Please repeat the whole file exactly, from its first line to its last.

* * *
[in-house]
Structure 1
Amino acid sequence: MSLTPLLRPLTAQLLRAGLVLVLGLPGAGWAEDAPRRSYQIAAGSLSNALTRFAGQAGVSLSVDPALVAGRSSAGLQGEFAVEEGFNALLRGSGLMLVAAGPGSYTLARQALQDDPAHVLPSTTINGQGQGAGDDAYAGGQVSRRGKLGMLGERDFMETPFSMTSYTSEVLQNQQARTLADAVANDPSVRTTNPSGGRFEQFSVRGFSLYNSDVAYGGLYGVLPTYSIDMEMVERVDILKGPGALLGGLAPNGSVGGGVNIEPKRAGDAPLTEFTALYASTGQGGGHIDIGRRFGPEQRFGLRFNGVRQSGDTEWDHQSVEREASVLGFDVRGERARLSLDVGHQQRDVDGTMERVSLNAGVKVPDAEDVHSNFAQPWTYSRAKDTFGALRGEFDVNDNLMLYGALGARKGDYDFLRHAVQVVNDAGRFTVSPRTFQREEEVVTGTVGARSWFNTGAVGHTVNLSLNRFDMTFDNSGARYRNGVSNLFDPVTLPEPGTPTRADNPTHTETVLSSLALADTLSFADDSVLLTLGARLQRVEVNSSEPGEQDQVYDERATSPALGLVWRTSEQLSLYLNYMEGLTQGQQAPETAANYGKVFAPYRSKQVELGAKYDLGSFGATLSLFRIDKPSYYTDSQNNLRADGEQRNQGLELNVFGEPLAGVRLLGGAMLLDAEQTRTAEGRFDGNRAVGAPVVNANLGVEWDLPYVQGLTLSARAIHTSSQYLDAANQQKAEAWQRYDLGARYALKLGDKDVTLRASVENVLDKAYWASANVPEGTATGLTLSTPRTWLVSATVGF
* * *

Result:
[in-house]
Structure 1
Amino acid sequence: MSLTPLLRPLTAQLLRAGLVLVLGLPGAGWAEDAPRRSYQIAAGSLSNALTRFAGQAGVSLSVDPALVAGRSSAGLQGEFAVEEGFNALLRGSGLMLVAAGPGSYTLARQALQDDPAHVLPSTTINGQGQGAGDDAYAGGQVSRRGKLGMLGERDFMETPFSMTSYTSEVLQNQQARTLADAVANDPSVRTTNPSGGRFEQFSVRGFSLYNSDVAYGGLYGVLPTYSIDMEMVERVDILKGPGALLGGLAPNGSVGGGVNIEPKRAGDAPLTEFTALYASTGQGGGHIDIGRRFGPEQRFGLRFNGVRQSGDTEWDHQSVEREASVLGFDVRGERARLSLDVGHQQRDVDGTMERVSLNAGVKVPDAEDVHSNFAQPWTYSRAKDTFGALRGEFDVNDNLMLYGALGARKGDYDFLRHAVQVVNDAGRFTVSPRTFQREEEVVTGTVGARSWFNTGAVGHTVNLSLNRFDMTFDNSGARYRNGVSNLFDPVTLPEPGTPTRADNPTHTETVLSSLALADTLSFADDSVLLTLGARLQRVEVNSSEPGEQDQVYDERATSPALGLVWRTSEQLSLYLNYMEGLTQGQQAPETAANYGKVFAPYRSKQVELGAKYDLGSFGATLSLFRIDKPSYYTDSQNNLRADGEQRNQGLELNVFGEPLAGVRLLGGAMLLDAEQTRTAEGRFDGNRAVGAPVVNANLGVEWDLPYVQGLTLSARAIHTSSQYLDAANQQKAEAWQRYDLGARYALKLGDKDVTLRASVENVLDKAYWASANVPEGTATGLTLSTPRTWLVSATVGF